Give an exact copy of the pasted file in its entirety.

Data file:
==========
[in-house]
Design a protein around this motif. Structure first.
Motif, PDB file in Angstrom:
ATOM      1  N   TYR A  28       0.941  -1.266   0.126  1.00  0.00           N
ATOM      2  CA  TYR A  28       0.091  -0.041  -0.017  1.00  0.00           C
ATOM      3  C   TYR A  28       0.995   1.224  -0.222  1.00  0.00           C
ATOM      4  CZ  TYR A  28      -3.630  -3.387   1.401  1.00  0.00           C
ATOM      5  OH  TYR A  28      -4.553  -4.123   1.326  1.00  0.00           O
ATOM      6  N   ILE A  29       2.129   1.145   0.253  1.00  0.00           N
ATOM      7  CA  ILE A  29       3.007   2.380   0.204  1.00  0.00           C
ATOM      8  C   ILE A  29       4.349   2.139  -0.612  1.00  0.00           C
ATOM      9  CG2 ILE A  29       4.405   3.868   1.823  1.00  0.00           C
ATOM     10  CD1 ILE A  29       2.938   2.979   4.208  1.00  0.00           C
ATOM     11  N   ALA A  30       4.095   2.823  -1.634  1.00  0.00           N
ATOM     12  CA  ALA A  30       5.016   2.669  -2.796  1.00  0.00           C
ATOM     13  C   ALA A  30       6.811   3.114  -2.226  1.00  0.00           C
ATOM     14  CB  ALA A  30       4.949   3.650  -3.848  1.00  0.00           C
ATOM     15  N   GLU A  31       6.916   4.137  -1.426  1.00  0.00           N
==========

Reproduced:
[in-house]
Design a protein around this motif. Structure first.
Motif, PDB file in Angstrom:
ATOM      1  N   TYR A  28       0.941  -1.266   0.126  1.00  0.00           N
ATOM      2  CA  TYR A  28       0.091  -0.041  -0.017  1.00  0.00           C
ATOM      3  C   TYR A  28       0.995   1.224  -0.222  1.00  0.00           C
ATOM      4  CZ  TYR A  28      -3.630  -3.387   1.401  1.00  0.00           C
ATOM      5  OH  TYR A  28      -4.553  -4.123   1.326  1.00  0.00           O
ATOM      6  N   ILE A  29       2.129   1.145   0.253  1.00  0.00           N
ATOM      7  CA  ILE A  29       3.007   2.380   0.204  1.00  0.00           C
ATOM      8  C   ILE A  29       4.349   2.139  -0.612  1.00  0.00           C
ATOM      9  CG2 ILE A  29       4.405   3.868   1.823  1.00  0.00           C
ATOM     10  CD1 ILE A  29       2.938   2.979   4.208  1.00  0.00           C
ATOM     11  N   ALA A  30       4.095   2.823  -1.634  1.00  0.00           N
ATOM     12  CA  ALA A  30       5.016   2.669  -2.796  1.00  0.00           C
ATOM     13  C   ALA A  30       6.811   3.114  -2.226  1.00  0.00           C
ATOM     14  CB  ALA A  30       4.949   3.650  -3.848  1.00  0.00           C
ATOM     15  N   GLU A  31       6.916   4.137  -1.426  1.00  0.00           N